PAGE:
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Adam Ezra Group | Ragtop Angel

album review by John Powell

Adam Ezra Group | Ragtime Angel

“Oh no, what did I say/to cast a shadow over this way?” Adam Ezra asks on “14 Days”, the rocking introductory song to Ragtop Angel, which is, to date, his tightest release. While no album can ever capture the Adam Ezra Group’s live sound, Ragtop Angel is close to the fiery passion. You can almost picture Adam’s bare feet, Turtle behind his percussion set, Robin Vincent grooving in his own bass-head world, and Josh Gold’s ear turned to his keyboard. Jon Chapman also appears on this record, as the group’s heavy drummer, turning the tendency to acoustic pop conventionalism into a rock tinged emotion train. Basically, the group is solid and can keep up with Adam’s spectrum of interests.

“14 Days” is definitely one of the rockier tracks. “Miss Hallelujah” follows, driven by Josh’s organ and Adam’s crisp acoustic guitar. “Beauty sometimes hides in the strangest of places,” Adam sings of a city. “We’re all just tryin’ to move ya.” The group rides a pop sincerity throughout the album, hitting the highlight sounds of 90s alt rock like the Goo Goo Dolls or The Wallflowers. The messages are positive, the stakes high, and the choruses explosive.

“Devil’s Side”, featuring harmonica, veers into near country rock galloping. “Ok By You” has slow balladry in Adam’s wonderful guitar playing. He’s simple, but beautiful, and mixes the right amount of finger picked gloss with heavy, ringing strumming.

“Takin’ Off” is the ultimate example of Adam’s songwriting style, a narrative about a girl facing challenges. “Take a last look out on/turn the key and we’re gone/We got miles to go/and I will drive it slow.” Is it cheesy? Not really. It nearly reaches a too-potent sentimentality, especially with Adam sounding much like Creed’s Scott Stapp or Lifehouse’s Jason Wade, but that rumble is a good voice with a good range and each word clearly stated. Perhaps it’s this crispness that gives them that near-too-poppy position, as they don’t have the fuzz and mumble of REM or the slur of other indie rock rebels. That only slightly detracts from how strong the songwriting is.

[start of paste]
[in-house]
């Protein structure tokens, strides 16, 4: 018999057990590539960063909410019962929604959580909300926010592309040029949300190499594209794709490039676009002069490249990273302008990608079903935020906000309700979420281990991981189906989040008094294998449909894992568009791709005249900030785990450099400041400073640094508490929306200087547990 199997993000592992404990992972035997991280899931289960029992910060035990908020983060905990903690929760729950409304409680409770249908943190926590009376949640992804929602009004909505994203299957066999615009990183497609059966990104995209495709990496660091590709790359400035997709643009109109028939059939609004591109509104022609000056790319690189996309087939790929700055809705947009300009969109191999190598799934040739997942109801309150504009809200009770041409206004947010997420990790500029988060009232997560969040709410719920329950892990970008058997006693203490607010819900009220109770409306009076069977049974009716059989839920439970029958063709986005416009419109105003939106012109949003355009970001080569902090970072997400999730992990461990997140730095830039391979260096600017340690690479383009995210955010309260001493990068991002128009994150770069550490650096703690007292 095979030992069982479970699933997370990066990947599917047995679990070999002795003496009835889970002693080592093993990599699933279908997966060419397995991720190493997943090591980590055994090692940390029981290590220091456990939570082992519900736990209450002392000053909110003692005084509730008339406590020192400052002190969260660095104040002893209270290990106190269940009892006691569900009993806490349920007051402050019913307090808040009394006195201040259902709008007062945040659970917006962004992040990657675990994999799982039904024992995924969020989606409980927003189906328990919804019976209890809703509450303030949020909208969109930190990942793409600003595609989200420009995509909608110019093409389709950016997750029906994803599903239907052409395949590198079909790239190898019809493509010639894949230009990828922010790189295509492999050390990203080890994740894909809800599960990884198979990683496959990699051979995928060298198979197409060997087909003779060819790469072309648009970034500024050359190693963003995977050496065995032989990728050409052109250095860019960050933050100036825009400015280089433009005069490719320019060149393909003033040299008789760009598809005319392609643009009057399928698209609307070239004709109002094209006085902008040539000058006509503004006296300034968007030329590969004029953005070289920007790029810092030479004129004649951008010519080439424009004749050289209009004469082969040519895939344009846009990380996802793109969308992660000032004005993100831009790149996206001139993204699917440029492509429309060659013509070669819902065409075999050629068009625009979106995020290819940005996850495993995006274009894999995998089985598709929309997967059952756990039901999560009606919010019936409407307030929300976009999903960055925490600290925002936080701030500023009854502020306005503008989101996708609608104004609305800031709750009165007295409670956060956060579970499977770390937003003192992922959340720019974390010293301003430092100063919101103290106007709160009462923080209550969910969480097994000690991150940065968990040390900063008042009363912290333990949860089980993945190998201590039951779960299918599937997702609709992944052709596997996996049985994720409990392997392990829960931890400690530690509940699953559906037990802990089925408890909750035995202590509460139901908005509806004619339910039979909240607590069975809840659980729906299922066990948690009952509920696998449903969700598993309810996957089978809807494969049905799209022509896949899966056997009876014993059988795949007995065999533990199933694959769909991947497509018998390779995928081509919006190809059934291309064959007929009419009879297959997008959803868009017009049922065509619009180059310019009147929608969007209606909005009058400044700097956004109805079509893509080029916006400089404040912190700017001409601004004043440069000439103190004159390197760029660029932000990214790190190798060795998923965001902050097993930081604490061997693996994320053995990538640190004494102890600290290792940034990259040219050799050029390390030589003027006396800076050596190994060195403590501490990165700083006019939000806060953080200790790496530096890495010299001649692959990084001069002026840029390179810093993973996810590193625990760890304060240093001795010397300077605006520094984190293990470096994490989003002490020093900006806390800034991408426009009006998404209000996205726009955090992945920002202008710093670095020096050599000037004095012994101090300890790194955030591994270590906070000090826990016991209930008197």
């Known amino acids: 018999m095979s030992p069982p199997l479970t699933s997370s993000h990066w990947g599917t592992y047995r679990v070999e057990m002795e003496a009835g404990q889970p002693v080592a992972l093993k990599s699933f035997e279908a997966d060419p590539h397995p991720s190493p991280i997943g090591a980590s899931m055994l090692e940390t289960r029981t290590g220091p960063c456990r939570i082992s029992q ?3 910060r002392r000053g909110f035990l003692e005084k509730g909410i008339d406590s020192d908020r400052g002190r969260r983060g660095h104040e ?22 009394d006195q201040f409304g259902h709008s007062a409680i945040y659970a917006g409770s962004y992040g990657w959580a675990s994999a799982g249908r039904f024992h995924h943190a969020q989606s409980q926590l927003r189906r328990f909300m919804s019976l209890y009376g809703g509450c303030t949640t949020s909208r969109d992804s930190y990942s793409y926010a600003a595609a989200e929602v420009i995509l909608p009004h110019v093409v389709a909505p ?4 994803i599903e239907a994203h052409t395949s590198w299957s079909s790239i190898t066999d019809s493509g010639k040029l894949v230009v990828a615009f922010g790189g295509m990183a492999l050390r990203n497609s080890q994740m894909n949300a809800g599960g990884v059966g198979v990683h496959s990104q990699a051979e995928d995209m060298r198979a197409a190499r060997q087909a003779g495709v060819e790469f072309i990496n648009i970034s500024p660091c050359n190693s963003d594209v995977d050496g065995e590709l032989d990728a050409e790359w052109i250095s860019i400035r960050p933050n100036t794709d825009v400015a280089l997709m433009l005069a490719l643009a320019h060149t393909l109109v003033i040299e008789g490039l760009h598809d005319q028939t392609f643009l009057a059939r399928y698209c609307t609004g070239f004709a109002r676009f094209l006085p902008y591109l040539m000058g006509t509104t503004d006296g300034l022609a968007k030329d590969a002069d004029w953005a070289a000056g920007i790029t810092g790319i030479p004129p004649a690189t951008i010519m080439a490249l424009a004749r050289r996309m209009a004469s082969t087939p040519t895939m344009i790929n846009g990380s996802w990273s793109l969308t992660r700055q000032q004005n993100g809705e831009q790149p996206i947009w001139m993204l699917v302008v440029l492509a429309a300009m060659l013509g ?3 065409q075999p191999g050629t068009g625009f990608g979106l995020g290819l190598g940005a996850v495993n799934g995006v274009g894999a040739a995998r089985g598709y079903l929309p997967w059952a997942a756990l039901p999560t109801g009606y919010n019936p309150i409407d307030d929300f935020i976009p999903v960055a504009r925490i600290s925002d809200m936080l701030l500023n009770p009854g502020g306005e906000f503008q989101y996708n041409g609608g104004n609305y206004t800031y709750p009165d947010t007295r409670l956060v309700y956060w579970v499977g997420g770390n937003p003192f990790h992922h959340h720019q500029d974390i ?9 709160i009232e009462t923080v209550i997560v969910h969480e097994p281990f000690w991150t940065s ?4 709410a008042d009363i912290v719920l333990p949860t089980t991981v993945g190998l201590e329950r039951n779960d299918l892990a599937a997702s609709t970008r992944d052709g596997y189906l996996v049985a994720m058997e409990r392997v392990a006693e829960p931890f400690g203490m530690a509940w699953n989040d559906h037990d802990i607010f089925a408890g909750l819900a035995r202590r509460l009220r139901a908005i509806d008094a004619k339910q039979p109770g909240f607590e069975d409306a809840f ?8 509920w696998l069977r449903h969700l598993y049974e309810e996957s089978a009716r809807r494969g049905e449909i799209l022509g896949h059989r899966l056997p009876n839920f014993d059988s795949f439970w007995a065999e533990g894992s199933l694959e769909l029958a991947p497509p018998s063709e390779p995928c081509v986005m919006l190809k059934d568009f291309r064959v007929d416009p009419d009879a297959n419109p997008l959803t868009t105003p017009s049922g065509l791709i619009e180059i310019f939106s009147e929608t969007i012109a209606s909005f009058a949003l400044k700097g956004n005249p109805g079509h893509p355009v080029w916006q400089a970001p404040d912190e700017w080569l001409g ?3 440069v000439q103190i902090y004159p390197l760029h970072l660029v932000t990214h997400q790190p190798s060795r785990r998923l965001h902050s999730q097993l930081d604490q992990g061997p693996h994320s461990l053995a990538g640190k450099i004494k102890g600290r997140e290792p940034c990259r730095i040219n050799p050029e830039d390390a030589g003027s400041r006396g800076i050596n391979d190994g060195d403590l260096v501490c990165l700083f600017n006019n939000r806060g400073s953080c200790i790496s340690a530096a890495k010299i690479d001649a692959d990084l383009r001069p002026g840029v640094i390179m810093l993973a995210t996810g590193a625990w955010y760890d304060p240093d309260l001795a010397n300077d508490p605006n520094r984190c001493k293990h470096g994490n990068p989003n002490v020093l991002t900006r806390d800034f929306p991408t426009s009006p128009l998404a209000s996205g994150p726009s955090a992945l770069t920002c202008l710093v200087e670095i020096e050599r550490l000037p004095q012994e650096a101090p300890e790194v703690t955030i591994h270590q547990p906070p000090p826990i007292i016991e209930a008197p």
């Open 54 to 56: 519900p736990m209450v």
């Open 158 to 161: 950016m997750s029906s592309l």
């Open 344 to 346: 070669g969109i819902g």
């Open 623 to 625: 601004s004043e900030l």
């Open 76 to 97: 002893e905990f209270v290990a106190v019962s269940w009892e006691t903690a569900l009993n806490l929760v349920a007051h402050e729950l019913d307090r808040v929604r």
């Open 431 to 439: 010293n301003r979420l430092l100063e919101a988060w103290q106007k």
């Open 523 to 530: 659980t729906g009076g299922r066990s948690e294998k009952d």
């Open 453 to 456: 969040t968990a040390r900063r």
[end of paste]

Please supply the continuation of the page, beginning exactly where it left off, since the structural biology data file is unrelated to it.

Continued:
A key track is “Soldier”, also a rocker. At first, the verse is conventional, a thin bit of reverb causing a slight echo in the vocals, but the chorus ripples into palm-muted guitar riffing. “If they come to take this soldier/we will tear it down,” Adam sings gruffly. “I watch families gather for me,” he adds from the perspective of, well, a soldier. It’s a badass song that begs you not peg this group as a one-trick pony.

As noted, no record of theirs has yet reproduced the live affect of the Adam Ezra Group, but a bonus live tenth track, “Burn Brightly”, is a taste of the difference. Turtle’s percussion shines through better. He’s very good and adds layers. Deep into the groove Adam speaks to the crowd. “I have to tell you all, we did not know how this would go today. Who’s going to ride on a school bus? It’s a crazy idea. Here’s an idea: let’s do it on a Sunday night before the Boston marathon.” His rant is not tiring. It’s inspiring. That’s Adam Ezra- a poet, an honest, humble lover of music and community. Ragtop Angel is as good a place as any to become a fan.

Bottom line: Acoustic pop take on 90s alt rock and woven indie bliss. A lovable album.

 

Comments  

 
0 # randy garcia 2012-01-25 09:13
wow. these guys are great. never heard of them till today. i really hope that they go somewhere. beautiful. thanx. randy. augusta maine
 

 

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